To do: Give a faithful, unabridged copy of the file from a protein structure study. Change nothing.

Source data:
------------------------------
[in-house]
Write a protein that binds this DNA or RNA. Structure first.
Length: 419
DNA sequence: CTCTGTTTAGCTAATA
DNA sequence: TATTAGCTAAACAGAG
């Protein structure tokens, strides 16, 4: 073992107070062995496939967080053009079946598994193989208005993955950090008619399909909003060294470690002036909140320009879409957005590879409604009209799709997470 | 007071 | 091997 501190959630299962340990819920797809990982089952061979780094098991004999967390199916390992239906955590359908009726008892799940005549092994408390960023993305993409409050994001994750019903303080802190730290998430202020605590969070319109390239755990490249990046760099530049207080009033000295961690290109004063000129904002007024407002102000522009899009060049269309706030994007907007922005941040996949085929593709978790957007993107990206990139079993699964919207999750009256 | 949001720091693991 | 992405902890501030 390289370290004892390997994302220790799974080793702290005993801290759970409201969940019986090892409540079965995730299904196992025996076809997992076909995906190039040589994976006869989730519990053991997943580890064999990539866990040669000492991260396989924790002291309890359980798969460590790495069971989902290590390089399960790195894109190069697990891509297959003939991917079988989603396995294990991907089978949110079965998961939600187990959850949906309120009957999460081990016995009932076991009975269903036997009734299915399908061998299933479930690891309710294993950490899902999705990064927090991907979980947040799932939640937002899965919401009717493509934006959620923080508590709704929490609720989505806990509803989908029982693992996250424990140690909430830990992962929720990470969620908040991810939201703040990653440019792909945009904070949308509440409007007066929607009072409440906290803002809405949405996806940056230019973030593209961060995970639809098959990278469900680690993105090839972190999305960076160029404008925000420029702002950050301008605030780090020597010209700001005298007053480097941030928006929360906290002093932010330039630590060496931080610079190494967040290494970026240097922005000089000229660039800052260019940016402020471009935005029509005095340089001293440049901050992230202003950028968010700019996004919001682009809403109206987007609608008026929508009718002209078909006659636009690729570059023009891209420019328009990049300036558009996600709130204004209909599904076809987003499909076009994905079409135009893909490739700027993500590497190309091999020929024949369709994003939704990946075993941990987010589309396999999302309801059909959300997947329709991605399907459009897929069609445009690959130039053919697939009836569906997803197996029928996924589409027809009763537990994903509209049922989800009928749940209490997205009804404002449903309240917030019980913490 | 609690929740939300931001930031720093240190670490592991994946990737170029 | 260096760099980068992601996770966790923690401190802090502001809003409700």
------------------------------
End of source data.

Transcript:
[in-house]
Write a protein that binds this DNA or RNA. Structure first.
Length: 419
DNA sequence: CTCTGTTTAGCTAATA
DNA sequence: TATTAGCTAAACAGAG
């Protein structure tokens, strides 16, 4: 073992107070062995496939967080053009079946598994193989208005993955950090008619399909909003060294470690002036909140320009879409957005590879409604009209799709997470 | 007071 | 091997 501190959630299962340990819920797809990982089952061979780094098991004999967390199916390992239906955590359908009726008892799940005549092994408390960023993305993409409050994001994750019903303080802190730290998430202020605590969070319109390239755990490249990046760099530049207080009033000295961690290109004063000129904002007024407002102000522009899009060049269309706030994007907007922005941040996949085929593709978790957007993107990206990139079993699964919207999750009256 | 949001720091693991 | 992405902890501030 390289370290004892390997994302220790799974080793702290005993801290759970409201969940019986090892409540079965995730299904196992025996076809997992076909995906190039040589994976006869989730519990053991997943580890064999990539866990040669000492991260396989924790002291309890359980798969460590790495069971989902290590390089399960790195894109190069697990891509297959003939991917079988989603396995294990991907089978949110079965998961939600187990959850949906309120009957999460081990016995009932076991009975269903036997009734299915399908061998299933479930690891309710294993950490899902999705990064927090991907979980947040799932939640937002899965919401009717493509934006959620923080508590709704929490609720989505806990509803989908029982693992996250424990140690909430830990992962929720990470969620908040991810939201703040990653440019792909945009904070949308509440409007007066929607009072409440906290803002809405949405996806940056230019973030593209961060995970639809098959990278469900680690993105090839972190999305960076160029404008925000420029702002950050301008605030780090020597010209700001005298007053480097941030928006929360906290002093932010330039630590060496931080610079190494967040290494970026240097922005000089000229660039800052260019940016402020471009935005029509005095340089001293440049901050992230202003950028968010700019996004919001682009809403109206987007609608008026929508009718002209078909006659636009690729570059023009891209420019328009990049300036558009996600709130204004209909599904076809987003499909076009994905079409135009893909490739700027993500590497190309091999020929024949369709994003939704990946075993941990987010589309396999999302309801059909959300997947329709991605399907459009897929069609445009690959130039053919697939009836569906997803197996029928996924589409027809009763537990994903509209049922989800009928749940209490997205009804404002449903309240917030019980913490 | 609690929740939300931001930031720093240190670490592991994946990737170029 | 260096760099980068992601996770966790923690401190802090502001809003409700």